Is it possible to replace a registered type at runtime?

Apr 23, 2010 at 9:40 AM

Hi,

we have a scenario where the user can choose between different hardware at runtime. In the background we have several different hardware classes which all implement interfaces. We would like to use Unity to register the currently selected hardware instance with the interface. However, this would require to replace this registration at runtime when the user selects another hardware instance.

The following example might make this clearer:

public interface IHardware
{
    // some methods...
}

public class HardwareA : IHardware
{
    // ...
}

public class HardwareB : IHardware
{
    // ...
}


container.RegisterInstance<IHardware>(new HardwareA());

// user selects new hardware somewhere in the configuration...

// the following is invalid code, but can it be achieved another way?
container.ReplaceInstance<IHardware>(new HardwareB());

Can this behavior be achieved somehow?

BTW:  I am completely aware that instances which have already been resolved from the container will not be replaced with the new instances, of course. We would take care of that ourselves by forcing them to resolve the instance once again.

Apr 23, 2010 at 7:14 PM

Unity uses a "last in wins" policy for registrations. You can just call RegisterType or RegisterInstance again and it'll just work, and future requests will use the new registration.

Things to consider: 

Resolve is thread safe, registration is not. If you've got a multithreaded app and you may be resolving and registering at the same time, you need add appropriate locking so that only one thread is registering at a time, and no threads are resolving at the same time as one is registering.

Lifetime on reregistration can get "interesting". If the instance you're replacing was registered with the container controlled lifetime manager, be aware that the container is still holding on to that lifetime manager even after the registration is replaced. The instance in question will not be disposed until the container itself is disposed. If you plan on doing this on a regular basis, I recommend registering with the ExternallyControlledLifetimeManager and managing the lifetimes of those instances yourself.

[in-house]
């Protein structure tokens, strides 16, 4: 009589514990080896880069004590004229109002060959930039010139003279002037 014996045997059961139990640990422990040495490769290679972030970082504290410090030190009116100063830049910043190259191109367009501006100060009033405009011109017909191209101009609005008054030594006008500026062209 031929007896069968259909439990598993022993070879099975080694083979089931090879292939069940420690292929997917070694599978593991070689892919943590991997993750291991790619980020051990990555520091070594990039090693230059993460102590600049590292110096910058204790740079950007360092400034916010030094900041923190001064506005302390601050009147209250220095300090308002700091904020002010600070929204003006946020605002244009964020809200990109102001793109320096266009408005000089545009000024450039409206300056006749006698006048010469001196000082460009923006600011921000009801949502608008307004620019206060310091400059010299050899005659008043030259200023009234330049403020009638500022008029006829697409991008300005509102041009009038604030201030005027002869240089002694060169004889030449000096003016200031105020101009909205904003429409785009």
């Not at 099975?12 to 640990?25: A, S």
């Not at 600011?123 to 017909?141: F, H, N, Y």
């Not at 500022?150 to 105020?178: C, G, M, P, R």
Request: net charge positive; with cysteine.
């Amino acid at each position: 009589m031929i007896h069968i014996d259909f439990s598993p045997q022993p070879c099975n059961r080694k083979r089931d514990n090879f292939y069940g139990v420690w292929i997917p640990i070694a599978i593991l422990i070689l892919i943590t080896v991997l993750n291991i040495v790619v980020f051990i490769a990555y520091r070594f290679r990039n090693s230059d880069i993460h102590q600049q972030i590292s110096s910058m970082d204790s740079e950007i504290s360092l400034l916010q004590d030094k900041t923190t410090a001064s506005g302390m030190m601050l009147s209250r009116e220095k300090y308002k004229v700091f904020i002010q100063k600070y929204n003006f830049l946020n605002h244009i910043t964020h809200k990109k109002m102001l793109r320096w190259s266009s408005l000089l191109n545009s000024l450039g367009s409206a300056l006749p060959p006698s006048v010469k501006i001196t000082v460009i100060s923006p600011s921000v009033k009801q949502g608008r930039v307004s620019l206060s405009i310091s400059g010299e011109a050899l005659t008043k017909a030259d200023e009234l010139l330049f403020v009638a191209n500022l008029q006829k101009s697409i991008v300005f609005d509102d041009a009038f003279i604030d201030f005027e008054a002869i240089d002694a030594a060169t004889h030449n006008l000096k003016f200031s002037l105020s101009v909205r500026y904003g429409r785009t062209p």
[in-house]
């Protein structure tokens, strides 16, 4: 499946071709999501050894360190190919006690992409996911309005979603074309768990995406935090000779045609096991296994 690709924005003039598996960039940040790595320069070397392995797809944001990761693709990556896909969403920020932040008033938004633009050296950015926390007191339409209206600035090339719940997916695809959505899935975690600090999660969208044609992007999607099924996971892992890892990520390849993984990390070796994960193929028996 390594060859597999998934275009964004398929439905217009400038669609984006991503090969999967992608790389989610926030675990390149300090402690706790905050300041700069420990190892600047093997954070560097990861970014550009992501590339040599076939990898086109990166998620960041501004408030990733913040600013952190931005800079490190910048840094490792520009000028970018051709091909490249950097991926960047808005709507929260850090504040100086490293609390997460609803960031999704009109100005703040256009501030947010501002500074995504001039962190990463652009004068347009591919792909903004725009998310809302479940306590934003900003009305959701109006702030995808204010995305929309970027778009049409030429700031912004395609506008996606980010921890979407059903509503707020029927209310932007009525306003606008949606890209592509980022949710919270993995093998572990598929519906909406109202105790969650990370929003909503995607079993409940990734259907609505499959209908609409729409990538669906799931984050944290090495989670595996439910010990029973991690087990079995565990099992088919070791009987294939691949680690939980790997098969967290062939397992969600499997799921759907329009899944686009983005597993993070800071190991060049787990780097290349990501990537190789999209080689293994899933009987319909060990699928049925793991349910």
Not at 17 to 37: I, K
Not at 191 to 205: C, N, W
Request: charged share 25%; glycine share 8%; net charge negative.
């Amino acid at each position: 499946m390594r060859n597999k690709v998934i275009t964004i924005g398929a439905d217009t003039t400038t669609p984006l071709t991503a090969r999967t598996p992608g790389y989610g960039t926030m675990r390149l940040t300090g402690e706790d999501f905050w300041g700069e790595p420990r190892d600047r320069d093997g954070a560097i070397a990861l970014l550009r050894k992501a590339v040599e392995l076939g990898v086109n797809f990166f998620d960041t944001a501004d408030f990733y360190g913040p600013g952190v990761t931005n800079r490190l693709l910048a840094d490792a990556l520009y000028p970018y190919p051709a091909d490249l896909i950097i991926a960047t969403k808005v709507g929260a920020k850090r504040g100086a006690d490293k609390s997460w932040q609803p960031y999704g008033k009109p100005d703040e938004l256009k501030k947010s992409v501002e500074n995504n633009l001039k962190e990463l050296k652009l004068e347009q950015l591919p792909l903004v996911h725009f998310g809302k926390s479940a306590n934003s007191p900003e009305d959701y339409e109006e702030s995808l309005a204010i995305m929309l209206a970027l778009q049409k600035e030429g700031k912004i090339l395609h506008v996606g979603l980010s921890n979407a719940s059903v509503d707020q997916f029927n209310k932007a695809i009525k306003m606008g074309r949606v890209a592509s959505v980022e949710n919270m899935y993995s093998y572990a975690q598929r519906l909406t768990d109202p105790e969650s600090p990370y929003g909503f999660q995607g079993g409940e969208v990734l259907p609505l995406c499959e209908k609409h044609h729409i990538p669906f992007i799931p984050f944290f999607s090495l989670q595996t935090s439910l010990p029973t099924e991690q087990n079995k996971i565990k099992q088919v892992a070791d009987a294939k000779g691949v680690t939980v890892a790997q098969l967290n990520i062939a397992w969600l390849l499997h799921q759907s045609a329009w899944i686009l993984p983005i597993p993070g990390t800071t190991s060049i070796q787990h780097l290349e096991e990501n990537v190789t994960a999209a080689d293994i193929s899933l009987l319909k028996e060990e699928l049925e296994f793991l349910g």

Another option would be to use a child container, then at "reregister time" dispose the child container, create a new one, and register your new instance in the new child. But then you need to come up with a way to update references to the new child container, so that could be just as complicated.

 

 

Apr 26, 2010 at 9:22 AM

Thanks a lot for this pretty detailed answer! I did not know about that behavior. Thanks!

Apr 29, 2010 at 1:57 PM

What about registering both types when your app initializes, using an additional key?

 

public enum HardwareTypes {
	Hardware A,
        HardwareB
}

container.RegisterInstance<IHardware>(HardwareTypes.HardwareA.ToString(), new HardwareA());

container.RegisterInstance<IHardware>(HardwareTypes.HardwareB.ToString(), new HardwareB());

 

When resolving IHardware, pass in some variable (of type HardwareTypes) holding the desired hardware type.

container.Resolve<IHardware>(selectedHardwareType.ToString());

It's possible (maybe even probable) that the selectedHardwareType variable would be a static variable. You'll still need to deal with locking issues when changing the selectedHardwareType variable.

However, maybe this is less complicated than reconfiguring the container at runtime???

Apr 29, 2010 at 2:37 PM

@robertromito: Many thanks for your input! Actually, I have also thought about a similar approach lately. I will see which way to go in a few weeks. For now, I just wanted to ensure that it is possible to change the registration at runtime. But using your approach, this would not even be necessary.